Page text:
32 Following

That's What She Read

The Legacy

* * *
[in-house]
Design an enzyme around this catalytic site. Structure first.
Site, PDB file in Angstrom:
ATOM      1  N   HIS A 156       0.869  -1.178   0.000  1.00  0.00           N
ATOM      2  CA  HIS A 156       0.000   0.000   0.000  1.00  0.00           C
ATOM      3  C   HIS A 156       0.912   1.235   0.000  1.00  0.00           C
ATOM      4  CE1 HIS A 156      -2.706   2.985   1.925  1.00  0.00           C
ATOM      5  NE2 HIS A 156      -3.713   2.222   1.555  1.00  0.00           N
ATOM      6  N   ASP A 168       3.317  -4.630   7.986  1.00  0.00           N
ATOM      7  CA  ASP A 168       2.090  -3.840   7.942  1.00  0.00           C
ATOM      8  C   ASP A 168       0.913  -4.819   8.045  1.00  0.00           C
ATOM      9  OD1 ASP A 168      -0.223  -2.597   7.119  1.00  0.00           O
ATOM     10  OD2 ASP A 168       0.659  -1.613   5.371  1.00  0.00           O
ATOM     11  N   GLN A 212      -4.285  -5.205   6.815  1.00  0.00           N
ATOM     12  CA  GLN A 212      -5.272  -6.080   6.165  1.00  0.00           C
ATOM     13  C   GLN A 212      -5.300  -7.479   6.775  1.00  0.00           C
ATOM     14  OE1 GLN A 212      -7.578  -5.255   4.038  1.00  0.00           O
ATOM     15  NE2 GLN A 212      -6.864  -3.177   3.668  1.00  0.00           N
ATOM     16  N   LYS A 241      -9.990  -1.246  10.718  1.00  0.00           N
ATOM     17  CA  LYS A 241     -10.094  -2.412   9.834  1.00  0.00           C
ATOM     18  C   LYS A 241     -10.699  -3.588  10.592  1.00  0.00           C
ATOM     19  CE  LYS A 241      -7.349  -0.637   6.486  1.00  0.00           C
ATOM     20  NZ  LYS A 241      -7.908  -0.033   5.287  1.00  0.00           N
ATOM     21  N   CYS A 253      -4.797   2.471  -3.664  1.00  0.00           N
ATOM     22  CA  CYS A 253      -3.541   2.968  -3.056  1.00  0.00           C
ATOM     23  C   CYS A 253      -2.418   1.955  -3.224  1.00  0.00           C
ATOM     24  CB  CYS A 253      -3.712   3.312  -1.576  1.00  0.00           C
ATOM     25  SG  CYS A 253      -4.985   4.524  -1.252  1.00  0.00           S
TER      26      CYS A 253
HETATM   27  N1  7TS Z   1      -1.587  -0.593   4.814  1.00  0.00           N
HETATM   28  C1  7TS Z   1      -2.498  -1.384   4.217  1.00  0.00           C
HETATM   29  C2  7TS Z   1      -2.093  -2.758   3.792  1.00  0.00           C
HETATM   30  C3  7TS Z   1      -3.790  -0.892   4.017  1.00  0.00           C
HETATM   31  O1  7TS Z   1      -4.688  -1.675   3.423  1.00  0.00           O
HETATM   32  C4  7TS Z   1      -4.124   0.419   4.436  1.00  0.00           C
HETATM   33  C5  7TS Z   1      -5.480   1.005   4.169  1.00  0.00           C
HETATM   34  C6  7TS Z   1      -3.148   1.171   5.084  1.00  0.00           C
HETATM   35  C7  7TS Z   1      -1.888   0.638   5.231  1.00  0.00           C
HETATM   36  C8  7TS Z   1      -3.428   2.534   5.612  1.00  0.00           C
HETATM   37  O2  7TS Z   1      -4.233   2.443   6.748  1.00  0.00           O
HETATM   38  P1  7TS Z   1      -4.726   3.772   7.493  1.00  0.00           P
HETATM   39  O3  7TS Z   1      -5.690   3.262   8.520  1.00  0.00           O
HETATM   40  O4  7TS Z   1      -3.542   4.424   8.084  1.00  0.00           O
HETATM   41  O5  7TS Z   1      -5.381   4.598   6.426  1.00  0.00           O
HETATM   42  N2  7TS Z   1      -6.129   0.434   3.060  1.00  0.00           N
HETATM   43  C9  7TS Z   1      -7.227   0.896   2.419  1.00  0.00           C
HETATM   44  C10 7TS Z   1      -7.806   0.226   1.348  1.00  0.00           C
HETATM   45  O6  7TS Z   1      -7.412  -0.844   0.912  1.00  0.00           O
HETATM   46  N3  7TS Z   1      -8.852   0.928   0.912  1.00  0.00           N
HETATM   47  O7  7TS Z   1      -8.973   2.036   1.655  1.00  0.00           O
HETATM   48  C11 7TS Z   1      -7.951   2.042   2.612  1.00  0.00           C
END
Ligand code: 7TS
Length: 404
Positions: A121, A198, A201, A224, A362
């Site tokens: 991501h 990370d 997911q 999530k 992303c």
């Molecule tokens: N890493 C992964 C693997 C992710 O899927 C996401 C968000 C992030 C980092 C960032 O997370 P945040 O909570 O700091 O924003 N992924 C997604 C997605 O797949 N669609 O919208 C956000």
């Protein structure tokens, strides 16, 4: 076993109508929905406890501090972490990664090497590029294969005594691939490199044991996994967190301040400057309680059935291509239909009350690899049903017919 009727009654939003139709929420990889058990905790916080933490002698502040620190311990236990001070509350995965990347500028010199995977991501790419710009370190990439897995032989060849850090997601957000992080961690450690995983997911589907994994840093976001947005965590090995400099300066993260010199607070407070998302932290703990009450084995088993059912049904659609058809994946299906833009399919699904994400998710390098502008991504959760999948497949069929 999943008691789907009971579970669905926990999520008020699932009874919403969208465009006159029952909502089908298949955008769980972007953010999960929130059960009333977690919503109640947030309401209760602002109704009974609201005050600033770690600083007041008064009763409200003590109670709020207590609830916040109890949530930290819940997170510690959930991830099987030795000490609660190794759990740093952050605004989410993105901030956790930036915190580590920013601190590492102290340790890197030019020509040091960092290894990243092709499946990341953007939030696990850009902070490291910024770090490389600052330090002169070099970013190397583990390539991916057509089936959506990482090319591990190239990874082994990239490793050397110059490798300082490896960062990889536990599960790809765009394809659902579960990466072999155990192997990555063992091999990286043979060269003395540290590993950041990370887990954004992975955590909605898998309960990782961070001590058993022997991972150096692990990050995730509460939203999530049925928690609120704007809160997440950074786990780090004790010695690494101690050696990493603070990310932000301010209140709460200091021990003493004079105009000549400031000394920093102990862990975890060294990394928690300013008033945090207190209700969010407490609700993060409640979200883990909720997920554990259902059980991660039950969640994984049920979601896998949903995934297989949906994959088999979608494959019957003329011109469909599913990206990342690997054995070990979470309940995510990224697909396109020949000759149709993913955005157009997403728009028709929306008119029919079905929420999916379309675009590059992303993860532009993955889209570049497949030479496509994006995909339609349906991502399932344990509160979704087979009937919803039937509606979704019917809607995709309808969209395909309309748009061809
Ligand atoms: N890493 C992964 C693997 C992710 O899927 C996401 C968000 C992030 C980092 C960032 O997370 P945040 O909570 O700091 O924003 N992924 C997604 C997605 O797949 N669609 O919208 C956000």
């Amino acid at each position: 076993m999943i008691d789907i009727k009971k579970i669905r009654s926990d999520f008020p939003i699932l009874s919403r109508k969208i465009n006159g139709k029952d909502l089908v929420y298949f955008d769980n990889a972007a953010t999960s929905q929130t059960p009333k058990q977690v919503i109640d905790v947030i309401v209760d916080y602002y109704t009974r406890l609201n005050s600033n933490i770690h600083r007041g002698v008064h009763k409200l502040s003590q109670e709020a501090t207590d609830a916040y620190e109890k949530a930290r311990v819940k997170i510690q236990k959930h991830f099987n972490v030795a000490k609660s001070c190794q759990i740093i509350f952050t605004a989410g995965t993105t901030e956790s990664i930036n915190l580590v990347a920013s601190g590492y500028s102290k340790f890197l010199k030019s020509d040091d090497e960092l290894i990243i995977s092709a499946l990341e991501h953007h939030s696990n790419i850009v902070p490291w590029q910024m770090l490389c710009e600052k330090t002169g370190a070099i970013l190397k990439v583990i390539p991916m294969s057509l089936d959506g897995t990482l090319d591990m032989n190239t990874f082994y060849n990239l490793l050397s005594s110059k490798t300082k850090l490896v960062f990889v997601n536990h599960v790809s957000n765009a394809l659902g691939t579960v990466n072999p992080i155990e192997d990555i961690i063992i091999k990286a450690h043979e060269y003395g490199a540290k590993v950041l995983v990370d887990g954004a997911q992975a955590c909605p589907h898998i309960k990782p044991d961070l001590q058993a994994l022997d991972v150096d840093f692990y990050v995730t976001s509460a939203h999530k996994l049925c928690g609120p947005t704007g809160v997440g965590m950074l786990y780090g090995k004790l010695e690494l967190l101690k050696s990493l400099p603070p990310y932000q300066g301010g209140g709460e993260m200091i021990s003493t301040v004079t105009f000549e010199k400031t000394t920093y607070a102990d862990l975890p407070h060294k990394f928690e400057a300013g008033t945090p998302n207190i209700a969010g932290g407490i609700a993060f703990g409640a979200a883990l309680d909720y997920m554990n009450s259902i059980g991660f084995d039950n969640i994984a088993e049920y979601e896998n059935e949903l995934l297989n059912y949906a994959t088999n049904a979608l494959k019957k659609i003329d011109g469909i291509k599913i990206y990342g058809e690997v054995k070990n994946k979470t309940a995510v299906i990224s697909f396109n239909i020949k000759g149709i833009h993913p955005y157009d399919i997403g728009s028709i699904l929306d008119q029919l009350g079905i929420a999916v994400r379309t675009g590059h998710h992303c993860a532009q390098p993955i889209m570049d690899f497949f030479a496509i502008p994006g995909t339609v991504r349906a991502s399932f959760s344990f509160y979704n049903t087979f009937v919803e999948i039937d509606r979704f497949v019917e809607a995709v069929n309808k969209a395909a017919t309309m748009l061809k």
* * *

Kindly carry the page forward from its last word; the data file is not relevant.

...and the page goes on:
The Legacy - Every person hopes or expects or predicts that s/he will choose the better path at a time of intense crises, the nobler one that would highlight their humanity, their sympathy, and their core values. However, humans being what they are, what happens when someone chooses the wrong path? How long and how far do the reverberations echo from such a decision? Are the sins of the father truly handed down to the sins of the son? Such is the mystery behind Katherine Webb’s The Legacy. The Legacy is really broken up into two stories – one following Erica and Beth’s great-grandmother Caroline through her journey from New York to Oklahoma and finally to England, and the other about Erica and Beth’s mysterious past. Each story is strong enough to stand alone, while the juxtapositions between past and present are as smooth as can be expected when jumping back and forth through time as the story does. More importantly, a reader is able to pick up the plot lines without hesitation. It is this interweaving of the two story lines that really showcases Ms. Webb’s storytelling abilities.One of the strengths of The Legacy is its detailed presentation of life at the turn of the century. From the social constraints regarding intimacy and proper etiquette, to the constantly changing technology in the form of cars and telegraphs, to the wide open plains and vast foreignness of Oklahoma, a reader truly becomes immersed into Caroline’s world. One can almost feel the sheer torture of corsets binding one’s waist in the suffocating heat that is an Oklahoma summer. It is as clear and graphic a picture of life on a turn-of-the-century ranch that a reader can experience. As Caroline’s experiences take her into three very different worlds, the transitions between the three settings are as jarring for the reader as they are for Caroline, and only add to the reader’s ability to empathize with Caroline’s growing sense of bewilderment and despair.The Legacy is a story of love and loss, family secrets and friendship. Simply told, Ms. Webb lets her characters represent the story rather than force-feeding it to her readers. Lush descriptions allow the reader to experience feelings similar to Caroline’s aching loneliness and insignificance and Erica’s sense of homecoming and rediscovering. Not only is The Legacy a beautiful story, but it does force the reader to consider how our actions impact our family, both immediate and future.Acknowledgements: Thank you to NetGalley and Mary Sasso from HarperCollins for my e-galley!